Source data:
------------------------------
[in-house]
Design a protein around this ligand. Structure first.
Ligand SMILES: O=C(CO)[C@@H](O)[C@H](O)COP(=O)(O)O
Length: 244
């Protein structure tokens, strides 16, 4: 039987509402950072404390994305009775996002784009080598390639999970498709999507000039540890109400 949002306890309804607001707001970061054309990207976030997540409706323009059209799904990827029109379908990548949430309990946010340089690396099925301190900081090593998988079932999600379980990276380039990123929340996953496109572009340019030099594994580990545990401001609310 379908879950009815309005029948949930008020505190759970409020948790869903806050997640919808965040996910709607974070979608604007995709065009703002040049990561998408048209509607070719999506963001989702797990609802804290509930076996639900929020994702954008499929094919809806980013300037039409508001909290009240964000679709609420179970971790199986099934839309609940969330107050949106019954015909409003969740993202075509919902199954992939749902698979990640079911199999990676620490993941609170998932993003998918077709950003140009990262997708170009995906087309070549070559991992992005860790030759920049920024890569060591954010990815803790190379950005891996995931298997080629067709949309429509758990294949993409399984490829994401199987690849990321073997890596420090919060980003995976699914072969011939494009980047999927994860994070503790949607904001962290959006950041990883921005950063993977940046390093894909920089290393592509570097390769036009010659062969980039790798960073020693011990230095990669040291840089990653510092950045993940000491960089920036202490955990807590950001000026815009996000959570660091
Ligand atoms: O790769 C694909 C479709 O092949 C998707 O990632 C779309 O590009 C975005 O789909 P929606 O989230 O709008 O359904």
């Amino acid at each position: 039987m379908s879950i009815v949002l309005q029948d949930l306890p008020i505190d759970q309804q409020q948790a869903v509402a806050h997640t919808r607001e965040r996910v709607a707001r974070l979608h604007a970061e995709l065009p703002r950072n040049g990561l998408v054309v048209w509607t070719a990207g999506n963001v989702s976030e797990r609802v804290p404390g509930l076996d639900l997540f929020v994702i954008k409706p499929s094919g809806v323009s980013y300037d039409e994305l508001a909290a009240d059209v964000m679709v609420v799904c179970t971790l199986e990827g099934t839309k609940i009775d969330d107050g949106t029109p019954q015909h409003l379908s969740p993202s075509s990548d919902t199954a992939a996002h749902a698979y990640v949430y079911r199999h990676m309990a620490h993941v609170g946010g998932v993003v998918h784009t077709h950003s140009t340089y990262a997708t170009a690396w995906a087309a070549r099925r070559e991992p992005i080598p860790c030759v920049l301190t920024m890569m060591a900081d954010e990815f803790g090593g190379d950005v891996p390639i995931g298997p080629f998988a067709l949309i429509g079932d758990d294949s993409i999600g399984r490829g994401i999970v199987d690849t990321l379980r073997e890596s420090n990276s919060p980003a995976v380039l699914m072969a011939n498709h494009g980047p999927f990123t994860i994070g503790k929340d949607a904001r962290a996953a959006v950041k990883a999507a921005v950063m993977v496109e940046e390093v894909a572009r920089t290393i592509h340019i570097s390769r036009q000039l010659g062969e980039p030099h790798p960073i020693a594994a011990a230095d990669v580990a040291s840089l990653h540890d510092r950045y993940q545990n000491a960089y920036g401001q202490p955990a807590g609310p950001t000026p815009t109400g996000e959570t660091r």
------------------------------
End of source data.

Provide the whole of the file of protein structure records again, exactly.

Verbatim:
[in-house]
Design a protein around this ligand. Structure first.
Ligand SMILES: O=C(CO)[C@@H](O)[C@H](O)COP(=O)(O)O
Length: 244
């Protein structure tokens, strides 16, 4: 039987509402950072404390994305009775996002784009080598390639999970498709999507000039540890109400 949002306890309804607001707001970061054309990207976030997540409706323009059209799904990827029109379908990548949430309990946010340089690396099925301190900081090593998988079932999600379980990276380039990123929340996953496109572009340019030099594994580990545990401001609310 379908879950009815309005029948949930008020505190759970409020948790869903806050997640919808965040996910709607974070979608604007995709065009703002040049990561998408048209509607070719999506963001989702797990609802804290509930076996639900929020994702954008499929094919809806980013300037039409508001909290009240964000679709609420179970971790199986099934839309609940969330107050949106019954015909409003969740993202075509919902199954992939749902698979990640079911199999990676620490993941609170998932993003998918077709950003140009990262997708170009995906087309070549070559991992992005860790030759920049920024890569060591954010990815803790190379950005891996995931298997080629067709949309429509758990294949993409399984490829994401199987690849990321073997890596420090919060980003995976699914072969011939494009980047999927994860994070503790949607904001962290959006950041990883921005950063993977940046390093894909920089290393592509570097390769036009010659062969980039790798960073020693011990230095990669040291840089990653510092950045993940000491960089920036202490955990807590950001000026815009996000959570660091
Ligand atoms: O790769 C694909 C479709 O092949 C998707 O990632 C779309 O590009 C975005 O789909 P929606 O989230 O709008 O359904």
């Amino acid at each position: 039987m379908s879950i009815v949002l309005q029948d949930l306890p008020i505190d759970q309804q409020q948790a869903v509402a806050h997640t919808r607001e965040r996910v709607a707001r974070l979608h604007a970061e995709l065009p703002r950072n040049g990561l998408v054309v048209w509607t070719a990207g999506n963001v989702s976030e797990r609802v804290p404390g509930l076996d639900l997540f929020v994702i954008k409706p499929s094919g809806v323009s980013y300037d039409e994305l508001a909290a009240d059209v964000m679709v609420v799904c179970t971790l199986e990827g099934t839309k609940i009775d969330d107050g949106t029109p019954q015909h409003l379908s969740p993202s075509s990548d919902t199954a992939a996002h749902a698979y990640v949430y079911r199999h990676m309990a620490h993941v609170g946010g998932v993003v998918h784009t077709h950003s140009t340089y990262a997708t170009a690396w995906a087309a070549r099925r070559e991992p992005i080598p860790c030759v920049l301190t920024m890569m060591a900081d954010e990815f803790g090593g190379d950005v891996p390639i995931g298997p080629f998988a067709l949309i429509g079932d758990d294949s993409i999600g399984r490829g994401i999970v199987d690849t990321l379980r073997e890596s420090n990276s919060p980003a995976v380039l699914m072969a011939n498709h494009g980047p999927f990123t994860i994070g503790k929340d949607a904001r962290a996953a959006v950041k990883a999507a921005v950063m993977v496109e940046e390093v894909a572009r920089t290393i592509h340019i570097s390769r036009q000039l010659g062969e980039p030099h790798p960073i020693a594994a011990a230095d990669v580990a040291s840089l990653h540890d510092r950045y993940q545990n000491a960089y920036g401001q202490p955990a807590g609310p950001t000026p815009t109400g996000e959570t660091r």